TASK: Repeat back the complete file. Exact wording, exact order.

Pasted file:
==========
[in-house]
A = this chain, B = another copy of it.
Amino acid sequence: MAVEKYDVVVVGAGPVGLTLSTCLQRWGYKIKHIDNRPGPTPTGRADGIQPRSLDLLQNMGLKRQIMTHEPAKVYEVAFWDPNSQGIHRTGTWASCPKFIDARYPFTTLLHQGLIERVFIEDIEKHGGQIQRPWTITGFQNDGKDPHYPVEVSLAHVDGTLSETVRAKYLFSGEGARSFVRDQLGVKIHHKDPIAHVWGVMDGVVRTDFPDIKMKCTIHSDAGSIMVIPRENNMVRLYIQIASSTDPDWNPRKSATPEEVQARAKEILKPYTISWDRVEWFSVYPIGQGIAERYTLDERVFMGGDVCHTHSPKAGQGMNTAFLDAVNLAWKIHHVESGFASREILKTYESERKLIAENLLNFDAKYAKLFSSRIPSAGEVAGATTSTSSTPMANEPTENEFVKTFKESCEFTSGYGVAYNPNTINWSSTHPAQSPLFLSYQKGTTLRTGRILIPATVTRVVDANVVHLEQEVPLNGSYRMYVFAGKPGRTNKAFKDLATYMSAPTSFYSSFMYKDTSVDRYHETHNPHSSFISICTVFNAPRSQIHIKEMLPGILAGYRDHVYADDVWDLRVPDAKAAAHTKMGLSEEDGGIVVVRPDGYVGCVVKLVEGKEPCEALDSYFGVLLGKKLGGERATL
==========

[in-house]
A = this chain, B = another copy of it.
Amino acid sequence: MAVEKYDVVVVGAGPVGLTLSTCLQRWGYKIKHIDNRPGPTPTGRADGIQPRSLDLLQNMGLKRQIMTHEPAKVYEVAFWDPNSQGIHRTGTWASCPKFIDARYPFTTLLHQGLIERVFIEDIEKHGGQIQRPWTITGFQNDGKDPHYPVEVSLAHVDGTLSETVRAKYLFSGEGARSFVRDQLGVKIHHKDPIAHVWGVMDGVVRTDFPDIKMKCTIHSDAGSIMVIPRENNMVRLYIQIASSTDPDWNPRKSATPEEVQARAKEILKPYTISWDRVEWFSVYPIGQGIAERYTLDERVFMGGDVCHTHSPKAGQGMNTAFLDAVNLAWKIHHVESGFASREILKTYESERKLIAENLLNFDAKYAKLFSSRIPSAGEVAGATTSTSSTPMANEPTENEFVKTFKESCEFTSGYGVAYNPNTINWSSTHPAQSPLFLSYQKGTTLRTGRILIPATVTRVVDANVVHLEQEVPLNGSYRMYVFAGKPGRTNKAFKDLATYMSAPTSFYSSFMYKDTSVDRYHETHNPHSSFISICTVFNAPRSQIHIKEMLPGILAGYRDHVYADDVWDLRVPDAKAAAHTKMGLSEEDGGIVVVRPDGYVGCVVKLVEGKEPCEALDSYFGVLLGKKLGGERATL